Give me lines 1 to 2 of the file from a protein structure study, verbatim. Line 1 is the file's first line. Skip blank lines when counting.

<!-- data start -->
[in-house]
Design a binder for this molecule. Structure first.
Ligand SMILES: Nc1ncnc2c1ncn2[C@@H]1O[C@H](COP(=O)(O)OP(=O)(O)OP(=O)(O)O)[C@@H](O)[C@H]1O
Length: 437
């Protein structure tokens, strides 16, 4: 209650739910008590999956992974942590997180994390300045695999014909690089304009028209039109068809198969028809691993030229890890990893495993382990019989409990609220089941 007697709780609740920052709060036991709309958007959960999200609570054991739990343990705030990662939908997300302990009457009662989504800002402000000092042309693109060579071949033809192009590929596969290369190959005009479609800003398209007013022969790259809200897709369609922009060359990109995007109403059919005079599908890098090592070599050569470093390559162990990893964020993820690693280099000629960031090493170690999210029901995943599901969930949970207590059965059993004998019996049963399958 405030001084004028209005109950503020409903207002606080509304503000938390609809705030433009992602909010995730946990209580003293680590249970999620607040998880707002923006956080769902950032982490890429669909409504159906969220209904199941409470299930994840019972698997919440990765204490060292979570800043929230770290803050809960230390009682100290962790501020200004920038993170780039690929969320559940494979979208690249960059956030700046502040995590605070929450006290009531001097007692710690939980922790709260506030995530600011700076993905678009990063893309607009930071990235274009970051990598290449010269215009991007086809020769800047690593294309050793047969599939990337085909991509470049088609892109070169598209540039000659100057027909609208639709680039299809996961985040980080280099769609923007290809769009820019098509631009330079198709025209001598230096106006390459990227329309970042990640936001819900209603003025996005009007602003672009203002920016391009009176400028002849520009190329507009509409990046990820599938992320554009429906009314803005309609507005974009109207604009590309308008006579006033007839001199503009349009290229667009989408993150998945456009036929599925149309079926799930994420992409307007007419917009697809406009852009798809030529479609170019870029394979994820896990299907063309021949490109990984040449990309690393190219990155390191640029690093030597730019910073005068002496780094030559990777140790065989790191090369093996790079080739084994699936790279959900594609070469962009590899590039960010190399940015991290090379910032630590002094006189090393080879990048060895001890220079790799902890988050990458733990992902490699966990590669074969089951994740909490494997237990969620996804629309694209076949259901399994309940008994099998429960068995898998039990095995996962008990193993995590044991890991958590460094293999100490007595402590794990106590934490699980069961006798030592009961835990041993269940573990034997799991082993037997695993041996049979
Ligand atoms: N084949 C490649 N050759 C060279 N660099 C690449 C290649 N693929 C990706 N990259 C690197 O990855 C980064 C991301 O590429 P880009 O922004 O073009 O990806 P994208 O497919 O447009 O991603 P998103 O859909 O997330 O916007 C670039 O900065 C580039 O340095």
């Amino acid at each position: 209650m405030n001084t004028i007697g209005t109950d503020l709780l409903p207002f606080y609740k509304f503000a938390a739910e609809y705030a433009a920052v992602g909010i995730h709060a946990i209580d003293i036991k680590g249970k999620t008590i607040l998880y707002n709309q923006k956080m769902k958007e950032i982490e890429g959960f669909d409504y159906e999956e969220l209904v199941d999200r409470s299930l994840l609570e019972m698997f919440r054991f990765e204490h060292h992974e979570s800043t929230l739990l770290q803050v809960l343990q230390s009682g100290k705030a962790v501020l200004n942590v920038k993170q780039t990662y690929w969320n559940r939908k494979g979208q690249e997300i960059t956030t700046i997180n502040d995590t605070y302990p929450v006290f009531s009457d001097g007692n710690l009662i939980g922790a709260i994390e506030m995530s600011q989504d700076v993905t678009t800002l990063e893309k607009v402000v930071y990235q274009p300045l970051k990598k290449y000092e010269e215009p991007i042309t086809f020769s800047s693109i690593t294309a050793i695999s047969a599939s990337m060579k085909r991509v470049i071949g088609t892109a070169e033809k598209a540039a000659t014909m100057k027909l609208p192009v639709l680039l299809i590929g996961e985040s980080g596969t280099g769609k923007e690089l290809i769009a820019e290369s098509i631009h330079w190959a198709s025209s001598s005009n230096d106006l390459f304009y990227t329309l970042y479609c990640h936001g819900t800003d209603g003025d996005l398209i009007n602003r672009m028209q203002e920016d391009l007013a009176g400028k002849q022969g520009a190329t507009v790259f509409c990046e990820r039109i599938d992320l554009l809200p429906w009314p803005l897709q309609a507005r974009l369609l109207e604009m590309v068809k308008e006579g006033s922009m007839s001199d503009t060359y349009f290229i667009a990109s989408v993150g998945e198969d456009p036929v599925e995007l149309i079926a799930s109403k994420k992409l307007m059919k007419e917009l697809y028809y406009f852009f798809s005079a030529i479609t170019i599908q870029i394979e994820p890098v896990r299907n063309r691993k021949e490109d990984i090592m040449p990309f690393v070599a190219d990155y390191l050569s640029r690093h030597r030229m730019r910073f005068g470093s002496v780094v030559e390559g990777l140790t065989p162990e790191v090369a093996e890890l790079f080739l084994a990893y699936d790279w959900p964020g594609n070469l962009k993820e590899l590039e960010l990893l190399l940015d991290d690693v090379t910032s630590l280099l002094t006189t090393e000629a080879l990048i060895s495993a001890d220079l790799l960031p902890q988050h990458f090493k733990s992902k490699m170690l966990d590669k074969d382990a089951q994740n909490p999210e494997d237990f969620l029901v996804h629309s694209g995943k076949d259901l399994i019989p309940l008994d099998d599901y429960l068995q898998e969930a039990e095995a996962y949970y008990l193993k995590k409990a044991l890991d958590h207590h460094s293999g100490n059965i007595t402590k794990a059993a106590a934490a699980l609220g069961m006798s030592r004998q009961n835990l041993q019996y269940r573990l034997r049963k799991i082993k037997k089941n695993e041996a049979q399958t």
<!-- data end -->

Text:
[in-house]
Design a binder for this molecule. Structure first.